I googled the phrase "Collaborative Patterns" and was mildly disappointed to find my own blog post came up as the top result - after all I was looking for other people's ideas on this topic! :-)
Now, according to Wikipedia, the concept of pattern language itself originates in civil and architectural design but it has also been applied in software development - e.g. the Portland Pattern Repository. A pattern is typically a single problem, documented with its best solution, in a single design pattern. Each pattern has a name, a descriptive entry of the problem and solution, and some cross-references to other patterns, much like a dictionary entry.
In the context of collaboration, I think the idea of collaborative patterns are particularly relevant because my feeling is that we actually do know what does and doesn't make collaboration work. However, the technology continues to evolve so fast that it is all too easy to get caught up in the new functionality and forgetting what we already know.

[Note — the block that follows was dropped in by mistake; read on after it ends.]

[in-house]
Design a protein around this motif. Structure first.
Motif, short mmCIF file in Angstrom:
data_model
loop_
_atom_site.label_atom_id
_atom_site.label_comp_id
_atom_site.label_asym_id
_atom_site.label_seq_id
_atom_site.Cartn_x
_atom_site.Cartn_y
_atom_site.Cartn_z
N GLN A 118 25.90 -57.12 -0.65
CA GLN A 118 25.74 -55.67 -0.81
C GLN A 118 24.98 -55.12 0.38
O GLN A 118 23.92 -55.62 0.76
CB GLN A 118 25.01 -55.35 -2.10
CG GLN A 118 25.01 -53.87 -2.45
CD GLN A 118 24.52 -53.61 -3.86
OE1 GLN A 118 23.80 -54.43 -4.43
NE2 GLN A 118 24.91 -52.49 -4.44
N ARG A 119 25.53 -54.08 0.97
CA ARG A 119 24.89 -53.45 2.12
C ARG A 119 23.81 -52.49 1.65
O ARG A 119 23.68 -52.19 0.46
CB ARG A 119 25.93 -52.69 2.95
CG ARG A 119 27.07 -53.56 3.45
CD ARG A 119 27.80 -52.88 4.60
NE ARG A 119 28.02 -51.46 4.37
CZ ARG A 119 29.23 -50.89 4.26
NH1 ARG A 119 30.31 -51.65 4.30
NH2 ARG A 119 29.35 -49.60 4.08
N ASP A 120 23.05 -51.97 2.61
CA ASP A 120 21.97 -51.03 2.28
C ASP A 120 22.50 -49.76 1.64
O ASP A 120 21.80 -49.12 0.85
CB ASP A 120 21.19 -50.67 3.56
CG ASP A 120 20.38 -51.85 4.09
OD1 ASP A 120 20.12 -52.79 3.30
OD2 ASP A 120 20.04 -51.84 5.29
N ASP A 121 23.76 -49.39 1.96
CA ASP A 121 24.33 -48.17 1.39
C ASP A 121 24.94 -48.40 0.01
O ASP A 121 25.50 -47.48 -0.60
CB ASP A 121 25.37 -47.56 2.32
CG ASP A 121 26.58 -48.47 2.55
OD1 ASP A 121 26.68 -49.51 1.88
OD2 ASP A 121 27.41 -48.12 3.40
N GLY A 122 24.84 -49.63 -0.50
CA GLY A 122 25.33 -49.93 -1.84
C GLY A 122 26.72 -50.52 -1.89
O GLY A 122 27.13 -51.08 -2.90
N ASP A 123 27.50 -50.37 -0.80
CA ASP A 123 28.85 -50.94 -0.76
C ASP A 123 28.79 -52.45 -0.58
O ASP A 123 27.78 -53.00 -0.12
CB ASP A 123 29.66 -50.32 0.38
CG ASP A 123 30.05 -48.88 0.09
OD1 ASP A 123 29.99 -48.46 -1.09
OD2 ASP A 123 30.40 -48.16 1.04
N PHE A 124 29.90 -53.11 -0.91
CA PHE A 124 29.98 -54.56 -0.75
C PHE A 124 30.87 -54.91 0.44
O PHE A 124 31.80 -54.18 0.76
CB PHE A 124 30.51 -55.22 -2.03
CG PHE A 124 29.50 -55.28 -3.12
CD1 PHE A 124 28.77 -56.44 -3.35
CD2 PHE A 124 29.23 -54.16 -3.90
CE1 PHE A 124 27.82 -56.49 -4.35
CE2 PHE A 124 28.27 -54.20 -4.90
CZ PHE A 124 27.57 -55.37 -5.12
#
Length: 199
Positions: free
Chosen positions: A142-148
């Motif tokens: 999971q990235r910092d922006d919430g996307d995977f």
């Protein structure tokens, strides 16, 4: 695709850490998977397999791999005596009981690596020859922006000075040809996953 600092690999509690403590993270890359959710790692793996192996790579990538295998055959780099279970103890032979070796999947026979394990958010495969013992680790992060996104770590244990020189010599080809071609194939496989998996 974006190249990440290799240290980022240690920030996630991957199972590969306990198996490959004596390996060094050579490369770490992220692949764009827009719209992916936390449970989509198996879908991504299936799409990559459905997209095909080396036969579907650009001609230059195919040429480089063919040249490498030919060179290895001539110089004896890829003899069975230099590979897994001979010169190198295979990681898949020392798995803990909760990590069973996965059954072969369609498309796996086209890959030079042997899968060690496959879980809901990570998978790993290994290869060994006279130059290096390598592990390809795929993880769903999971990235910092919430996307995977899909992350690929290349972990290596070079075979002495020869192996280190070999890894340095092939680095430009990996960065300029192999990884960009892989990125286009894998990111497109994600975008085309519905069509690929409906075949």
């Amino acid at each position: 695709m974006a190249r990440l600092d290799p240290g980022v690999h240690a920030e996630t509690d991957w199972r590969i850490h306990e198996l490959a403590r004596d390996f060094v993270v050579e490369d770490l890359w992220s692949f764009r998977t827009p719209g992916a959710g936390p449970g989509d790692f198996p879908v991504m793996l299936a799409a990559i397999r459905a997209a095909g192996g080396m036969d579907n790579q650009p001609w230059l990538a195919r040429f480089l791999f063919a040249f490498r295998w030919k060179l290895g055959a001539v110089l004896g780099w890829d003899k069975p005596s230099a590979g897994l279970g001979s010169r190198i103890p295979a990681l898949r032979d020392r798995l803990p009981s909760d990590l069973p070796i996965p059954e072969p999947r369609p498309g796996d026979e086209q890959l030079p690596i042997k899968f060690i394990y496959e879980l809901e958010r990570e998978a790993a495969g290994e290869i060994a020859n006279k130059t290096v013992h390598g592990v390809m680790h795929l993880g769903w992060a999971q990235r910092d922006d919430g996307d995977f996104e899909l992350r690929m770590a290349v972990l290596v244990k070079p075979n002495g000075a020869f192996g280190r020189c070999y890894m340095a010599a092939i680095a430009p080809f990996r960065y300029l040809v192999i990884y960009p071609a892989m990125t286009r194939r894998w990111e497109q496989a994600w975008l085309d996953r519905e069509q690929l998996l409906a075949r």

Also, these technology-agnostic pattern solutions to collaboration problems are helpful because, as is typical with user-driven collaborative tools, there are many different ways to apply these tools to actually implement the solution in practice. For example:
Through agreed protocols and shared practices (for example, a simple 'workflow' built using folder structures or naming conventions);
Through non-programmatic customisation, which may also include templated and repeatable approaches; and
Through actual custom development of the base solutions.
During the life and investment in a particular collaborative technology or set of collaborative technologies all three approaches may be utilised at any one time. In fact, a protocol may be the basis for a template customisation, which might eventually be hard coded into the solution over time.
So what are these actual collaborative patterns? Well, I might need a little help from you all to define them - a good starting point might be the technology-specific set of patterns for wikis.